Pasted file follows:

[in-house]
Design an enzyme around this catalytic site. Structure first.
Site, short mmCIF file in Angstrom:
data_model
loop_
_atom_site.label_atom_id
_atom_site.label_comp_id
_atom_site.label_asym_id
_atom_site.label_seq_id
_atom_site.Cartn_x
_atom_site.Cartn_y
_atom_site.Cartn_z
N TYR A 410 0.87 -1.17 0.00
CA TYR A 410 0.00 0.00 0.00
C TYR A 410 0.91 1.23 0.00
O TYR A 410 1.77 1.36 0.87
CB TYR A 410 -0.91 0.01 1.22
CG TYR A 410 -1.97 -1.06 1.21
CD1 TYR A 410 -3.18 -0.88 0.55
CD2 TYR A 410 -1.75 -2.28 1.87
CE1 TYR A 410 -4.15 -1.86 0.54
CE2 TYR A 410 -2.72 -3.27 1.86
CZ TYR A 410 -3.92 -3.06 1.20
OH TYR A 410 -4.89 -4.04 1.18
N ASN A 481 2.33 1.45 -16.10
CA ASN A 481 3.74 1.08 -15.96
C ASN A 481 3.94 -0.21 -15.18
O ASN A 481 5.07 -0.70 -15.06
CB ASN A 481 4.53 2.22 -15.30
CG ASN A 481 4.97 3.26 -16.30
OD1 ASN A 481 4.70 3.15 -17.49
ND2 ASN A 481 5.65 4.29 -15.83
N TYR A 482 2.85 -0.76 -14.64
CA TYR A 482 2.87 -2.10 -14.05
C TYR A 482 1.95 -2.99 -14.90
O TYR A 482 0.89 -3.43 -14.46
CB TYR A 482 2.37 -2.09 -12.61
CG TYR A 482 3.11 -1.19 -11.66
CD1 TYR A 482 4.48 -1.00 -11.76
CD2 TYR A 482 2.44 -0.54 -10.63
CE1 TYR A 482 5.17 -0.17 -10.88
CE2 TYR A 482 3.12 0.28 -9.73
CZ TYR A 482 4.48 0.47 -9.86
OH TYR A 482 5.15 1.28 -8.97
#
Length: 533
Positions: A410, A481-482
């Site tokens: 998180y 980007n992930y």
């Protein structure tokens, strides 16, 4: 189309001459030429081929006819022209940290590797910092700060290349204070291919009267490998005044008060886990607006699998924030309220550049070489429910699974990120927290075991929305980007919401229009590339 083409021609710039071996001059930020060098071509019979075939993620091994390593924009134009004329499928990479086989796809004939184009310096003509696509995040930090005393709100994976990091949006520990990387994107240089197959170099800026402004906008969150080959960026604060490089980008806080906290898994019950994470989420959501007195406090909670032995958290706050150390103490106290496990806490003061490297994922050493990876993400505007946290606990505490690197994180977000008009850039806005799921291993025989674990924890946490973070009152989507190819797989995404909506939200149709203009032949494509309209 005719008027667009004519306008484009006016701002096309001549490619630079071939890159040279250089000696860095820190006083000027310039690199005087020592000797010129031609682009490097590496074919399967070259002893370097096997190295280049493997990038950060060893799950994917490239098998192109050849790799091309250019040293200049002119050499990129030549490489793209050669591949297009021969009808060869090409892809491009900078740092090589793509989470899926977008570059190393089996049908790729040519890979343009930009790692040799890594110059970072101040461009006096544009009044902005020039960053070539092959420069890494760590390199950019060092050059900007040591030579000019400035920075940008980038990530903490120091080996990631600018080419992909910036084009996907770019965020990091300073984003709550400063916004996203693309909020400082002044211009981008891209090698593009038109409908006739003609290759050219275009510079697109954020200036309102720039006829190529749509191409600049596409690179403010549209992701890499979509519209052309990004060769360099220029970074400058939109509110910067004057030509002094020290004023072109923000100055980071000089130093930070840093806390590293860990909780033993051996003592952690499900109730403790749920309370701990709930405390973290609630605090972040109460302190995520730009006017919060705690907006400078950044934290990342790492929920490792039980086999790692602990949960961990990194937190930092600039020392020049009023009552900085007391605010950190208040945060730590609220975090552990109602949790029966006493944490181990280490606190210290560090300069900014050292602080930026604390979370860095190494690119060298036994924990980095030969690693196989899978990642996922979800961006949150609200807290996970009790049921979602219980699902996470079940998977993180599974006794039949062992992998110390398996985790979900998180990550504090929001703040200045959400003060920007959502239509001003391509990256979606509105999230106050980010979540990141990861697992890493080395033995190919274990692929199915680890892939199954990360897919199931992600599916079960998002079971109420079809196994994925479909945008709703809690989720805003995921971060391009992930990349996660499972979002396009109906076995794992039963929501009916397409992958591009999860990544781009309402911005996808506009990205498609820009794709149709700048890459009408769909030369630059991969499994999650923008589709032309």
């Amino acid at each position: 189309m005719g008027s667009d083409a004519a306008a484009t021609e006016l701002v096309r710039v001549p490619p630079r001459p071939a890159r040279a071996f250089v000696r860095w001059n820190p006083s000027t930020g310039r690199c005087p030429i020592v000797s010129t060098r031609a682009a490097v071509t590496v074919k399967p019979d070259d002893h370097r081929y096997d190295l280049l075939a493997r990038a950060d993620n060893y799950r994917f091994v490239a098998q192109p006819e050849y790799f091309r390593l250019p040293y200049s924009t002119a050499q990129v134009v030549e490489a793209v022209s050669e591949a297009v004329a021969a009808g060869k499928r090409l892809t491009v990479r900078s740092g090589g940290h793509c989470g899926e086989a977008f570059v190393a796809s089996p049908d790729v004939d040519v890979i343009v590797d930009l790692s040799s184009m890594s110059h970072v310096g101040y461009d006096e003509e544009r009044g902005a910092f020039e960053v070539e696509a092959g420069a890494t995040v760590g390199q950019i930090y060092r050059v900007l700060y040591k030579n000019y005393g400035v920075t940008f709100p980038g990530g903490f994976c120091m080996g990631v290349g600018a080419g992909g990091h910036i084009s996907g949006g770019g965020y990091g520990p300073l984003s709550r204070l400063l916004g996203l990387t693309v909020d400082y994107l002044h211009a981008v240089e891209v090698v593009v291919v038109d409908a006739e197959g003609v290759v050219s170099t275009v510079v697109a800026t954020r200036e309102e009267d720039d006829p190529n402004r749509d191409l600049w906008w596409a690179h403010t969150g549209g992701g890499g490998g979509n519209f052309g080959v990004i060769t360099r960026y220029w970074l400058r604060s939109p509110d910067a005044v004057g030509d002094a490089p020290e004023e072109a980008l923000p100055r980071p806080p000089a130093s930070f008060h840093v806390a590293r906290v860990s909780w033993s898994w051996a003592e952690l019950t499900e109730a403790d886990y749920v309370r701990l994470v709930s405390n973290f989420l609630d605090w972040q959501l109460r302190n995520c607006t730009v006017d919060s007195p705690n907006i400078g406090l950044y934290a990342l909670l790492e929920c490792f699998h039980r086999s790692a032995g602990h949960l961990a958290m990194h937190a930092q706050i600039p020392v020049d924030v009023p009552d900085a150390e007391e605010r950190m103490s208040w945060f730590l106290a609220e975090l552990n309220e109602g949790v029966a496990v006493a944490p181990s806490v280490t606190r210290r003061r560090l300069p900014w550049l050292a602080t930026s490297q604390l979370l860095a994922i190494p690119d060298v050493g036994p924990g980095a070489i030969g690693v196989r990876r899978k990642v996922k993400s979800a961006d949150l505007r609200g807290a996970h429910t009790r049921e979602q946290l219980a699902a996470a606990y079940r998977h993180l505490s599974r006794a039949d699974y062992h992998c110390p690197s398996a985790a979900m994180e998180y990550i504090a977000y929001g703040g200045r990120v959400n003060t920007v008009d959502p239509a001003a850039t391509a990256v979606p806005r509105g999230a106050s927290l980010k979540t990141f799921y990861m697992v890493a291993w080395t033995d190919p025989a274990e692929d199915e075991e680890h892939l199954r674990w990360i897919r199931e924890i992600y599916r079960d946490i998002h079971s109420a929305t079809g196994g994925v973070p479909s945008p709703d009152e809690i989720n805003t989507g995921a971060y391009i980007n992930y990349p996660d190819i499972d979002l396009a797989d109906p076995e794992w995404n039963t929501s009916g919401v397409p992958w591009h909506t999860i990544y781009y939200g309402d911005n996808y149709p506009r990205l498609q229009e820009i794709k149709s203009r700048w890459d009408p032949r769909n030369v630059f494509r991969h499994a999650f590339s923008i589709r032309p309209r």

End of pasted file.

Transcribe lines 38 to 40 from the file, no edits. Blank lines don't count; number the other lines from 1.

CG TYR A 482 3.11 -1.19 -11.66
CD1 TYR A 482 4.48 -1.00 -11.76
CD2 TYR A 482 2.44 -0.54 -10.63